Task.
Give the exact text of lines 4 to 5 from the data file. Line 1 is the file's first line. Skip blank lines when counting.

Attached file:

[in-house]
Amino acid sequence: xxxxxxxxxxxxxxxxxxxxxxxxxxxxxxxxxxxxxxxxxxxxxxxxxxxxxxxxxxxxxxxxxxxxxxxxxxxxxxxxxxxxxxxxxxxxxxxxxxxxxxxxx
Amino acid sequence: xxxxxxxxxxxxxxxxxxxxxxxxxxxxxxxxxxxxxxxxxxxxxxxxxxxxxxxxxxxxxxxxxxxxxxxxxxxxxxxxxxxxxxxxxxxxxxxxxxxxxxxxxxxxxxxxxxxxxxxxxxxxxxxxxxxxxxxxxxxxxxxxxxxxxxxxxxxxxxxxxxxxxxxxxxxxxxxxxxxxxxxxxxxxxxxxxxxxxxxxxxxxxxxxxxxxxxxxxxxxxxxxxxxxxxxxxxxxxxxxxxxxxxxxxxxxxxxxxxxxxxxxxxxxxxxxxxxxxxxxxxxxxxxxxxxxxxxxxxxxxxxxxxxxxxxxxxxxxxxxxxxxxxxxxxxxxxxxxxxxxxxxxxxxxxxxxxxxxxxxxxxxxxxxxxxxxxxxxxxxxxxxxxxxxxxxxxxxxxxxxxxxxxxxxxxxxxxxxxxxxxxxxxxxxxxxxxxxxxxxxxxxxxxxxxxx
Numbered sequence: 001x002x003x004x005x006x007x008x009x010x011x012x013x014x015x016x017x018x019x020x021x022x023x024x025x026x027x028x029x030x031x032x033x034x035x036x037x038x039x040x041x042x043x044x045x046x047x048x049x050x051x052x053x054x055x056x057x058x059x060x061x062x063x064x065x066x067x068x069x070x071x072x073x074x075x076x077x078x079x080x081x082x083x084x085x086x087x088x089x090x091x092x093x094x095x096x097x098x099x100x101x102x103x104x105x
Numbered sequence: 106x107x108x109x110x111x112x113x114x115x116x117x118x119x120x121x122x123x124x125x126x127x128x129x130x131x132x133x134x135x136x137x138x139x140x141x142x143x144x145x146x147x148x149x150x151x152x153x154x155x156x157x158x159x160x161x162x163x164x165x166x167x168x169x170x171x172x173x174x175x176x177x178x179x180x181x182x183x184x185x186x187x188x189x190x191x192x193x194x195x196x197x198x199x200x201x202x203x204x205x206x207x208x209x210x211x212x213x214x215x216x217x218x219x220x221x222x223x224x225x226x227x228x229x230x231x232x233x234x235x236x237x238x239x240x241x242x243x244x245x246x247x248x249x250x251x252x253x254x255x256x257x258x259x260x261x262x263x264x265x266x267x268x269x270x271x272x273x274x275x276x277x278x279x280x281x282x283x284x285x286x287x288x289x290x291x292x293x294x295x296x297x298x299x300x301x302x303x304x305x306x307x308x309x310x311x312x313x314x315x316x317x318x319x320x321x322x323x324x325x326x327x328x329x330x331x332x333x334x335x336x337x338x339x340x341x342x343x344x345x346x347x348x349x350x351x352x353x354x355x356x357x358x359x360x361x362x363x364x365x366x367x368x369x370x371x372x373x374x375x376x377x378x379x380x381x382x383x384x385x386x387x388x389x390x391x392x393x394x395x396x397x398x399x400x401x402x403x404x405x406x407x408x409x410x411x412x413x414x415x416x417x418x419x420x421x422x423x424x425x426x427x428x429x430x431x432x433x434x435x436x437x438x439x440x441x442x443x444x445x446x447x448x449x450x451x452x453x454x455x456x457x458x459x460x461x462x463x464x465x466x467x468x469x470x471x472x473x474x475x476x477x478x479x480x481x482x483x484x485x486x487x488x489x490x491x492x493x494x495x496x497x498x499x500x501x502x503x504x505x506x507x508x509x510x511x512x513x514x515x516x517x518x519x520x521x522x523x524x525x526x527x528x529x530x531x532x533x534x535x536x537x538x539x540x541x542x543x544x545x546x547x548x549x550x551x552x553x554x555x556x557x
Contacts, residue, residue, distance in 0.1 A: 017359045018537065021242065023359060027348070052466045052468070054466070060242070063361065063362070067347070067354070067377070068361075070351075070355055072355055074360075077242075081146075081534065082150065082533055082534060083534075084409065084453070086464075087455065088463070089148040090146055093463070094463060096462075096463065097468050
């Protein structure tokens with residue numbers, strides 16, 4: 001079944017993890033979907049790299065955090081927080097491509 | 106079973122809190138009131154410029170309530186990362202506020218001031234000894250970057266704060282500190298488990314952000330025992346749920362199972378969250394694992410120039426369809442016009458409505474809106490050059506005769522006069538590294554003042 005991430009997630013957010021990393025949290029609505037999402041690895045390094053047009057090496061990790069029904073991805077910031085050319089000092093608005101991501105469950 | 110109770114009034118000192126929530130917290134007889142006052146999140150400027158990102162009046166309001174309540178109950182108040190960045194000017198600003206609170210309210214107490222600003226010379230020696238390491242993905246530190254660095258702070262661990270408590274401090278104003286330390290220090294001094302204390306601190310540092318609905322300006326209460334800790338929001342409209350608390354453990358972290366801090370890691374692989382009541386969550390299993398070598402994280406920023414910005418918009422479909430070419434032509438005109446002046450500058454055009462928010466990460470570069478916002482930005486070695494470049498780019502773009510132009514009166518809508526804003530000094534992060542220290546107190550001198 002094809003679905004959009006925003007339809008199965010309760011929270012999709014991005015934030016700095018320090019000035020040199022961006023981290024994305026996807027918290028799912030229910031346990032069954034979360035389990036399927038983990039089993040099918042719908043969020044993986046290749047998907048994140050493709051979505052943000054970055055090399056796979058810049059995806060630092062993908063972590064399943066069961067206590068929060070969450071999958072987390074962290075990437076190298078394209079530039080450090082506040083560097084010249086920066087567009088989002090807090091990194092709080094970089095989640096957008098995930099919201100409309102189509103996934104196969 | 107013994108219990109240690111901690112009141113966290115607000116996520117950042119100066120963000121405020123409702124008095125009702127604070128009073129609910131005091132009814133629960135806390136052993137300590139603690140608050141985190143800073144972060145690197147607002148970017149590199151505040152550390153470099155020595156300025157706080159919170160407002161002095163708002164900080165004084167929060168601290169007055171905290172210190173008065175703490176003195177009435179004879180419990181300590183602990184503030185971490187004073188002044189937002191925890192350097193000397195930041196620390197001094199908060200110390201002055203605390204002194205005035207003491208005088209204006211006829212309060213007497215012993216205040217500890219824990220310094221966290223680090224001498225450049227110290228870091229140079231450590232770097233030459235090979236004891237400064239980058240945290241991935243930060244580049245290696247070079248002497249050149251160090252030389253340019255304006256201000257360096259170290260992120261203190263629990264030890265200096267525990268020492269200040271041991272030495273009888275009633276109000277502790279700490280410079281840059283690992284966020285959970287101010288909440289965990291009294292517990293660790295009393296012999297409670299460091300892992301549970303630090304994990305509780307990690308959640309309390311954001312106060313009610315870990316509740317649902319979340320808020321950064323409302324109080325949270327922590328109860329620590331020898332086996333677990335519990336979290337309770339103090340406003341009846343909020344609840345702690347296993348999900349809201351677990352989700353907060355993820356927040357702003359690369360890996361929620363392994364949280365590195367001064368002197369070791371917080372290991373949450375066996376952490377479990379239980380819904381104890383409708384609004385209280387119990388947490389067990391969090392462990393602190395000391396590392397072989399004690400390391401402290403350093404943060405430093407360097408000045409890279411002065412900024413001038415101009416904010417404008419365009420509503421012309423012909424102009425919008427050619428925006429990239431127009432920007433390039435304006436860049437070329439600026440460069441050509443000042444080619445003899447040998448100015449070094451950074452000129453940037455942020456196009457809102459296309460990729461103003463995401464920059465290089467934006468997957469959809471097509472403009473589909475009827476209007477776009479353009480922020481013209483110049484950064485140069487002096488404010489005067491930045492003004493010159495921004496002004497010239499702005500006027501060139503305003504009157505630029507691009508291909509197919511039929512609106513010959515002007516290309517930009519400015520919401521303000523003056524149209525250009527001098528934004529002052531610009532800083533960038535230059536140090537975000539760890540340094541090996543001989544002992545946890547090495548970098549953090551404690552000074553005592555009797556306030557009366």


Numbered sequence: 001x002x003x004x005x006x007x008x009x010x011x012x013x014x015x016x017x018x019x020x021x022x023x024x025x026x027x028x029x030x031x032x033x034x035x036x037x038x039x040x041x042x043x044x045x046x047x048x049x050x051x052x053x054x055x056x057x058x059x060x061x062x063x064x065x066x067x068x069x070x071x072x073x074x075x076x077x078x079x080x081x082x083x084x085x086x087x088x089x090x091x092x093x094x095x096x097x098x099x100x101x102x103x104x105x
Numbered sequence: 106x107x108x109x110x111x112x113x114x115x116x117x118x119x120x121x122x123x124x125x126x127x128x129x130x131x132x133x134x135x136x137x138x139x140x141x142x143x144x145x146x147x148x149x150x151x152x153x154x155x156x157x158x159x160x161x162x163x164x165x166x167x168x169x170x171x172x173x174x175x176x177x178x179x180x181x182x183x184x185x186x187x188x189x190x191x192x193x194x195x196x197x198x199x200x201x202x203x204x205x206x207x208x209x210x211x212x213x214x215x216x217x218x219x220x221x222x223x224x225x226x227x228x229x230x231x232x233x234x235x236x237x238x239x240x241x242x243x244x245x246x247x248x249x250x251x252x253x254x255x256x257x258x259x260x261x262x263x264x265x266x267x268x269x270x271x272x273x274x275x276x277x278x279x280x281x282x283x284x285x286x287x288x289x290x291x292x293x294x295x296x297x298x299x300x301x302x303x304x305x306x307x308x309x310x311x312x313x314x315x316x317x318x319x320x321x322x323x324x325x326x327x328x329x330x331x332x333x334x335x336x337x338x339x340x341x342x343x344x345x346x347x348x349x350x351x352x353x354x355x356x357x358x359x360x361x362x363x364x365x366x367x368x369x370x371x372x373x374x375x376x377x378x379x380x381x382x383x384x385x386x387x388x389x390x391x392x393x394x395x396x397x398x399x400x401x402x403x404x405x406x407x408x409x410x411x412x413x414x415x416x417x418x419x420x421x422x423x424x425x426x427x428x429x430x431x432x433x434x435x436x437x438x439x440x441x442x443x444x445x446x447x448x449x450x451x452x453x454x455x456x457x458x459x460x461x462x463x464x465x466x467x468x469x470x471x472x473x474x475x476x477x478x479x480x481x482x483x484x485x486x487x488x489x490x491x492x493x494x495x496x497x498x499x500x501x502x503x504x505x506x507x508x509x510x511x512x513x514x515x516x517x518x519x520x521x522x523x524x525x526x527x528x529x530x531x532x533x534x535x536x537x538x539x540x541x542x543x544x545x546x547x548x549x550x551x552x553x554x555x556x557x